The Tamale Hut Café presents:
Kinetic Color
A collection of abstract artwork by Stephanie Bieniek
Only at The Tamale Hut Café
8300 W. Cermak Rd. North Riverside, IL
708-442-0948 - tamalehutcafe.com

Artwork will be on display until January 7, 2018
during normal Tamale Hut Café business hours:
Mon-Fri:7:30AM-7PM, Sat:8:30AM-7PM, Sun:8:30AM-6PM


For more information about Stephie's art, please also check out artbystephie.com.
For Matt's writing projects, please go to storiesbymatt.net. Enjoy your visit here!


02/02/11: According to the Chicago Tribune, we've just been through the third largest winter storm in Chicago's history, at least in terms of snowfall. I obviously wasn't around for the 1930 storm, but I have some distinct memories of each of the other ones on the top five:
- The 1967 storm which dropped 23 inches of snow on the city is still number one. I have two memories of that one. The happy memory is of the gate we had on the side of the house. I'm not sure if I was tall enough yet to see over it, but I do remember the snow had drifted in the gangway then either packed or froze, so we were able to walk over the gate by climbing up one hill and sliding down the other. The unhappy memory was that my Grandmother died then, and I remember walking down the middle of usually very busy Kedzie Avenue to the funeral home, and there being almost no cars going by.
- The 1979 storm, which is now number five on the list, is memorable to me because the goofy high school I was going to was one of only two or three schools in the city which did not cancel classes, so I had to trudge to the bus and ride to school while most kids slept in. At least I had my pick of seats on the bus!
- The 1999 storm was memorable because it was just after the first of the year, and we had invited everyone I work with over for a post-New Year's party. The snow started before we went to the beer store, but we wound up with tons of food left. At least we didn't go hungry while we waited for the snow to melt. Oh, and I remember lots of shoveling.

It's a little early to tell what my memory of this year's storm will be, but I have a pretty good idea. I was at work yesterday when the snow started and I had every intention to stay until my normal time, when my boss suggested I leave early so I could cover the other guys as they left later. I grabbed my stuff and left the building at 1PM. The train was delayed, but I walked in the house at around 2:30, planning to work an hour or so and then sit and watch the snow fall. I unzipped my backpack and felt my heart drop to my feet as I realized that I had left my laptop at the office. Not only could I not cover the afternoon, I wouldn't be able to work from home today if the trains were not running.
     After cursing myself for a couple minutes (and calling a co-worker to confirm that the computer was still there) I changed to some comfortable warmer clothes and Stephie drove me to LaGrange, where I caught the 3:03 train back to the city. I had a plan. I figured I'd get in Union Station at around 3:45, the trip to the office would take five minutes each way, then I'd have plenty of time to catch the 4:48 (my normal train) back home, after which it's a block-and-a-half walk home. Should be home at my normal time. Piece of cake.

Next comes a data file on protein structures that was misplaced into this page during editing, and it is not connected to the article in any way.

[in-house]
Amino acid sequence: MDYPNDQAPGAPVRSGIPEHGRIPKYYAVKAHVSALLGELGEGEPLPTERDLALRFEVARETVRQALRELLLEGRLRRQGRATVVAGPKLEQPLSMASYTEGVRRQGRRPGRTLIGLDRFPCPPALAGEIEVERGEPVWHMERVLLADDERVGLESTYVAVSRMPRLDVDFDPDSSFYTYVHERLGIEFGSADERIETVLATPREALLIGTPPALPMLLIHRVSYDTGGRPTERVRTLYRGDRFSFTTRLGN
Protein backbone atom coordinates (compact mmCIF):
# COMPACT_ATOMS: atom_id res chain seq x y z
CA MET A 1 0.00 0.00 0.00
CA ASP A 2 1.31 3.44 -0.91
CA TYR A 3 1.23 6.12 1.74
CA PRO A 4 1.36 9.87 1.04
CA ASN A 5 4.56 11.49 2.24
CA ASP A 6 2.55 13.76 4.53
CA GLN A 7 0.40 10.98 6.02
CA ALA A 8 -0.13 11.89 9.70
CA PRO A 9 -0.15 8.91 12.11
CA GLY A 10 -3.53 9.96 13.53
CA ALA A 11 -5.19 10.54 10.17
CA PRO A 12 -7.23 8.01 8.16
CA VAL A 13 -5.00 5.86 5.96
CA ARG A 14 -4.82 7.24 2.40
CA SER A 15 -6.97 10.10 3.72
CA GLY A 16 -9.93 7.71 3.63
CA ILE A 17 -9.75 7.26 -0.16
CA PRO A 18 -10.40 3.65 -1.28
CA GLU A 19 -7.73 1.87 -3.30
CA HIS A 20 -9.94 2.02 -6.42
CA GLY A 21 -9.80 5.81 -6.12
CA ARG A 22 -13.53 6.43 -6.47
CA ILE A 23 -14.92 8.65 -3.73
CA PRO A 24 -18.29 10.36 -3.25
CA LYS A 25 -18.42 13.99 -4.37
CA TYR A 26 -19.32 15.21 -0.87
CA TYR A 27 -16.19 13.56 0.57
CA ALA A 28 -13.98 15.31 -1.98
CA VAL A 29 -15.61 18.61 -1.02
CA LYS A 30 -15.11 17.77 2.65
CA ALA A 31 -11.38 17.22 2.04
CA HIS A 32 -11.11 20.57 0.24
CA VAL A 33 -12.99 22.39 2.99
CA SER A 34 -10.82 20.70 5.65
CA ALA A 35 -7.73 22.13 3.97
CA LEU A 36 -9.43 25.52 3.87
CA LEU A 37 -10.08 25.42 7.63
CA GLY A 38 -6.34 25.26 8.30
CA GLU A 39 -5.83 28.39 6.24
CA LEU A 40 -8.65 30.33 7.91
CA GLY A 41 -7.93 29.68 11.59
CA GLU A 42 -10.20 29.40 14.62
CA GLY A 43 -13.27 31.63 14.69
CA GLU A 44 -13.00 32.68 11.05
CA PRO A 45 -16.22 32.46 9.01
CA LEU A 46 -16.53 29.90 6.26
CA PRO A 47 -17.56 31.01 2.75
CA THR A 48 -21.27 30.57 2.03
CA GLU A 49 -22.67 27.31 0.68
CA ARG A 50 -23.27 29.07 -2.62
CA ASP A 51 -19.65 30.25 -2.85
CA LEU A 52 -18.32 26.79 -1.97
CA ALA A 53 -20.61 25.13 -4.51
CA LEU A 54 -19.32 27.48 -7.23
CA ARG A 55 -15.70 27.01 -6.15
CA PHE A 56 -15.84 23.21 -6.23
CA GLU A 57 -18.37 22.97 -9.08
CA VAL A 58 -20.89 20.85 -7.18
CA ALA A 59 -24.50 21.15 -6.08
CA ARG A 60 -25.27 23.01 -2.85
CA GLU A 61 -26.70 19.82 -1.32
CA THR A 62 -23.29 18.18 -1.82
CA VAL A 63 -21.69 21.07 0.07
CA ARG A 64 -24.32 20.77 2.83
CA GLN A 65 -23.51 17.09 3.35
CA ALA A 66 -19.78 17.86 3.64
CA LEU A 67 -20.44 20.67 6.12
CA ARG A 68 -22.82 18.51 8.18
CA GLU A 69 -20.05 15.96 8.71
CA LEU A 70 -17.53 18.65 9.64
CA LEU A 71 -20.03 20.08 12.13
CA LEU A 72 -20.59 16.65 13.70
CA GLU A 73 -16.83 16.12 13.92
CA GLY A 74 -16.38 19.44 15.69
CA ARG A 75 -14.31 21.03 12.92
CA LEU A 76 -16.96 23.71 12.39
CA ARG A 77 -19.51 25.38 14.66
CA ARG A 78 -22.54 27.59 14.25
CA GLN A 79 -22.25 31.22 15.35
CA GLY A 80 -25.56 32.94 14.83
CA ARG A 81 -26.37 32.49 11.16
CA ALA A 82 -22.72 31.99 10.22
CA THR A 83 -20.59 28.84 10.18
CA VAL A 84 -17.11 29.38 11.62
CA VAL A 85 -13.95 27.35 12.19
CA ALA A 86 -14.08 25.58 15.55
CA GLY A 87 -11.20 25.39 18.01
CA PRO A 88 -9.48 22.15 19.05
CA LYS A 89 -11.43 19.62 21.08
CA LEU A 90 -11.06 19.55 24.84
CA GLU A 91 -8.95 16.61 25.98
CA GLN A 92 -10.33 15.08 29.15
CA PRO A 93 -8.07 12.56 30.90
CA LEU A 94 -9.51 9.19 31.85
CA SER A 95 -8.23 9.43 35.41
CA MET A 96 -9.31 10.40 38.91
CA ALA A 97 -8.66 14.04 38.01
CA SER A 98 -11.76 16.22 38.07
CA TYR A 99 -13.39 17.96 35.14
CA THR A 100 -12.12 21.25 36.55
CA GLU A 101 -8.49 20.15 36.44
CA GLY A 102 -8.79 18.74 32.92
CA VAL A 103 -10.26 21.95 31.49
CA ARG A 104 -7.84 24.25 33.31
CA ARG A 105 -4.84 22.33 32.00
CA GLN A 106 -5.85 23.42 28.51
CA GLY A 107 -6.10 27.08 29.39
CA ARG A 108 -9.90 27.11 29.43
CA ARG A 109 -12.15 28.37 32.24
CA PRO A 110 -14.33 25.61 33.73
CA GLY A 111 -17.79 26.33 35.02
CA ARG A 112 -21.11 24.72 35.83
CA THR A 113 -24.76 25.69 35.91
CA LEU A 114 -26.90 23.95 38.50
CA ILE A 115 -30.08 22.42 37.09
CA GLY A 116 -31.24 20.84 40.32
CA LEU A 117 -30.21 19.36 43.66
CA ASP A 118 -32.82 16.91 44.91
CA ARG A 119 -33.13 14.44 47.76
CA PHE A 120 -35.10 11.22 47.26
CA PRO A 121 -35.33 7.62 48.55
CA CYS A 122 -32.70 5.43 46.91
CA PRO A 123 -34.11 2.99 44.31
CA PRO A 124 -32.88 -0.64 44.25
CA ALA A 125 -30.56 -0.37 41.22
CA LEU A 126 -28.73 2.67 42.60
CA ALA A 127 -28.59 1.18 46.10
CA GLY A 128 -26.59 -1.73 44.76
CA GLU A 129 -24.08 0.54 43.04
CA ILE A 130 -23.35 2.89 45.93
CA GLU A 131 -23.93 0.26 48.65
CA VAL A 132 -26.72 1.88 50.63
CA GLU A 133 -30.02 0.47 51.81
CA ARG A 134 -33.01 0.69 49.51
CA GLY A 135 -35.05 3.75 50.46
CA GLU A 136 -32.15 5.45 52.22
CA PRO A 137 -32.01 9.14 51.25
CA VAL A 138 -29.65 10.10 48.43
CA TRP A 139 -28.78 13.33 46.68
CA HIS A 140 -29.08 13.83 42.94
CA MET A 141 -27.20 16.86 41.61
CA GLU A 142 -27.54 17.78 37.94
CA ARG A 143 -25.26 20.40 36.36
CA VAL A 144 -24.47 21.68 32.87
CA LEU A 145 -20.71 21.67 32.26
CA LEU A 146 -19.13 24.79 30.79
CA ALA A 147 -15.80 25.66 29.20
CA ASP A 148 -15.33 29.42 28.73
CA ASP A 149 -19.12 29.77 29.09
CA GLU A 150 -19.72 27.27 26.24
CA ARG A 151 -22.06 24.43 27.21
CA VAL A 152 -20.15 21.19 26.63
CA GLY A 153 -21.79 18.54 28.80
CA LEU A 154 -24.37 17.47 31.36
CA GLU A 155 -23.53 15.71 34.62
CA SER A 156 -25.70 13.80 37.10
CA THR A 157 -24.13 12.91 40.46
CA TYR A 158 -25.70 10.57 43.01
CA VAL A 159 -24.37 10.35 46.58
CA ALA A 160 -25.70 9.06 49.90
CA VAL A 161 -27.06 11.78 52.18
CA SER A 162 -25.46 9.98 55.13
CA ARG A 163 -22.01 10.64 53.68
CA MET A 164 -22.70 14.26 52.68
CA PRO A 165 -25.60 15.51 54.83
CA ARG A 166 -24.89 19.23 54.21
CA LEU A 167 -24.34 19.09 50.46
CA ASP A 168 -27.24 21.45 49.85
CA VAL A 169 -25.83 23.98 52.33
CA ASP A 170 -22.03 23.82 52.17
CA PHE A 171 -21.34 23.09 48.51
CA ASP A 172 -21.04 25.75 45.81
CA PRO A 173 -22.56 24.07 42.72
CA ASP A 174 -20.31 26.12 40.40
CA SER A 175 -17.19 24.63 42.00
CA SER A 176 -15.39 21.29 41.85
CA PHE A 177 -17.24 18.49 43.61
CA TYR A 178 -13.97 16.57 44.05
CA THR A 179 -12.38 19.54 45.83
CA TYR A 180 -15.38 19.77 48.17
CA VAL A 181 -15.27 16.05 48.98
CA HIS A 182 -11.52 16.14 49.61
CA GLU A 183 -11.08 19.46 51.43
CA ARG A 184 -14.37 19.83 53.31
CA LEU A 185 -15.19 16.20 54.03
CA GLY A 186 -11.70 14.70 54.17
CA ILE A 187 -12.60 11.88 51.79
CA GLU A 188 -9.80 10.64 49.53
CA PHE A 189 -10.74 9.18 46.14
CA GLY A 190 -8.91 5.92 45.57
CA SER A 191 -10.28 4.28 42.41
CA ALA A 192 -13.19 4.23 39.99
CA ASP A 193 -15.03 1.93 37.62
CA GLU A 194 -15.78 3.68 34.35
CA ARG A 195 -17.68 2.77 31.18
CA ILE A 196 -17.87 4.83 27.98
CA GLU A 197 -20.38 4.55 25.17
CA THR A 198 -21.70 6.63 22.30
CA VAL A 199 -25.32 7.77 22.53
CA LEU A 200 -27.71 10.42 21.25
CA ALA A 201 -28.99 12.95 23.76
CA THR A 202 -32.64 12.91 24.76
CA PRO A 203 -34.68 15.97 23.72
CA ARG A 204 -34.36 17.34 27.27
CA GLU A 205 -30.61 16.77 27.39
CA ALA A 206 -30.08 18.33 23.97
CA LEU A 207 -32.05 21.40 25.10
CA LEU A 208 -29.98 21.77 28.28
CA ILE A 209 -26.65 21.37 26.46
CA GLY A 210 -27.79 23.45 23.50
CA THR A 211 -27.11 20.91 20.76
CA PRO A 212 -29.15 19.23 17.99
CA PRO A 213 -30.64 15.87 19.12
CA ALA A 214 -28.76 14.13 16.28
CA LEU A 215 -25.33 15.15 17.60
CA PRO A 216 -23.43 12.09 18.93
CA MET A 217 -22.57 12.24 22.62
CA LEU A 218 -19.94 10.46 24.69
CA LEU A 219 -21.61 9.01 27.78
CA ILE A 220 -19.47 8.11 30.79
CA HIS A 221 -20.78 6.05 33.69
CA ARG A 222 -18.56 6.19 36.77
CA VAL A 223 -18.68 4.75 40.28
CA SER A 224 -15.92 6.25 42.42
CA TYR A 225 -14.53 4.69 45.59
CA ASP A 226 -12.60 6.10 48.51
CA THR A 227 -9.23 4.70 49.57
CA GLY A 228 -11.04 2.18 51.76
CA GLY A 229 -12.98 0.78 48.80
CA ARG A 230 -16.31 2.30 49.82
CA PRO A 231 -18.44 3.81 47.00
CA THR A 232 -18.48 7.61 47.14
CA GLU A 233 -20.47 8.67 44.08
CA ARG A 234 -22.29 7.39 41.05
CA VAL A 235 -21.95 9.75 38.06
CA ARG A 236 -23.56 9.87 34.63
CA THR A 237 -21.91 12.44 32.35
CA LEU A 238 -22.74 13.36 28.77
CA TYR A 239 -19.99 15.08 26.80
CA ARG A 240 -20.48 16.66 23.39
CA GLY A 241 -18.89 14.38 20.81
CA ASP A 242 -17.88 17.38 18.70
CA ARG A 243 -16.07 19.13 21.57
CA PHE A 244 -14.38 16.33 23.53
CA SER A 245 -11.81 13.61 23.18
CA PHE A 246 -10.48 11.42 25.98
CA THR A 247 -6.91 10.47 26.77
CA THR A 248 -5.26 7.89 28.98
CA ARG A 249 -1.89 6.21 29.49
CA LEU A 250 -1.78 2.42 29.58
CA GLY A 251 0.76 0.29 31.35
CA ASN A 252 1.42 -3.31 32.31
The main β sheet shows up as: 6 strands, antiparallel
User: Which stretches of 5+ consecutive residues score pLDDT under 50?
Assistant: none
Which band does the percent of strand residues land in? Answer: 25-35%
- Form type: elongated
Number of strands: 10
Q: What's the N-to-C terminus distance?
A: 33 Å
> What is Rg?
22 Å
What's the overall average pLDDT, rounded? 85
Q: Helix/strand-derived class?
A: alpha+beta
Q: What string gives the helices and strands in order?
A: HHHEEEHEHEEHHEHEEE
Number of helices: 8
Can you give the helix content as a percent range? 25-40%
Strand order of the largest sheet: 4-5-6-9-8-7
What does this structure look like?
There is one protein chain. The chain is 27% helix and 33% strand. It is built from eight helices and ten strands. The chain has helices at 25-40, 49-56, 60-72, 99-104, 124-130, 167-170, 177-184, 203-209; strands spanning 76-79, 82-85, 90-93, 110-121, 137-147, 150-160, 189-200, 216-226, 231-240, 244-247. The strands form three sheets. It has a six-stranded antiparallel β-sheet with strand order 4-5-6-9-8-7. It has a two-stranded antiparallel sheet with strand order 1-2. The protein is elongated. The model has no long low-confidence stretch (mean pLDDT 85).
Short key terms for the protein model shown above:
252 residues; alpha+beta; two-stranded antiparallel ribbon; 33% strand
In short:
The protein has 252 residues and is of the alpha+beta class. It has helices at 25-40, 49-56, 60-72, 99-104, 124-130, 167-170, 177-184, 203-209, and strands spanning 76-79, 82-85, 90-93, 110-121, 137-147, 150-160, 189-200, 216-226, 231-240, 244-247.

The first flaw in my cunning plan appeared shortly after I got on the train, when it stopped between stations, and the voice on the loudspeaker announced that we were not going to move until they cleared a derailment from ahead on the tracks. Fine, I thought, I have plenty of time. I had my MP3 player, and I was amused watching the two guys in front of me polish off a twelve-pack of beer. We finally got going and reached the station just before 4PM.
     The next flaw shows up when we had trouble getting off the train platform, because the area in front of the doors was full of people waiting to get on the train we just left. I don't think I've seen so may people jammed in there, everyone looking around to make sure that the train they were being pushed towards was the one they really wanted. I was able to find my way up and out and once on the surface, I was able to quickly make my way to the office, where I told the stragglers that they better get going because it was rapidly turning nasty out there.
     I hurried back to the station, more due to the wind and cold than any sense of urgency, because I still had a half-hour before the 4:48 was due to leave. I slopped through the slush just inside the door, through the food court and down the escalator. The fatal flaw in my cunning plan manifested itself when I saw the board showing the stops lit up for the 4:48 train as I exited the escalator. I got to the door to see the train as it was pulling away from the platform. It was 4:20.
     Being a somewhat novice train commuter, I didn't know that when the weather was this bad, they sent out a train as soon as it was full. Had I not dawdled at the office, I might have made it. I wound up waiting for the 5:17 train, which with delays left me off at around 5:45, so I was home around 6. Then I could relax and watch the snow.
     Yeah, that's pretty much what I'll remember about the blizzard of 2011.



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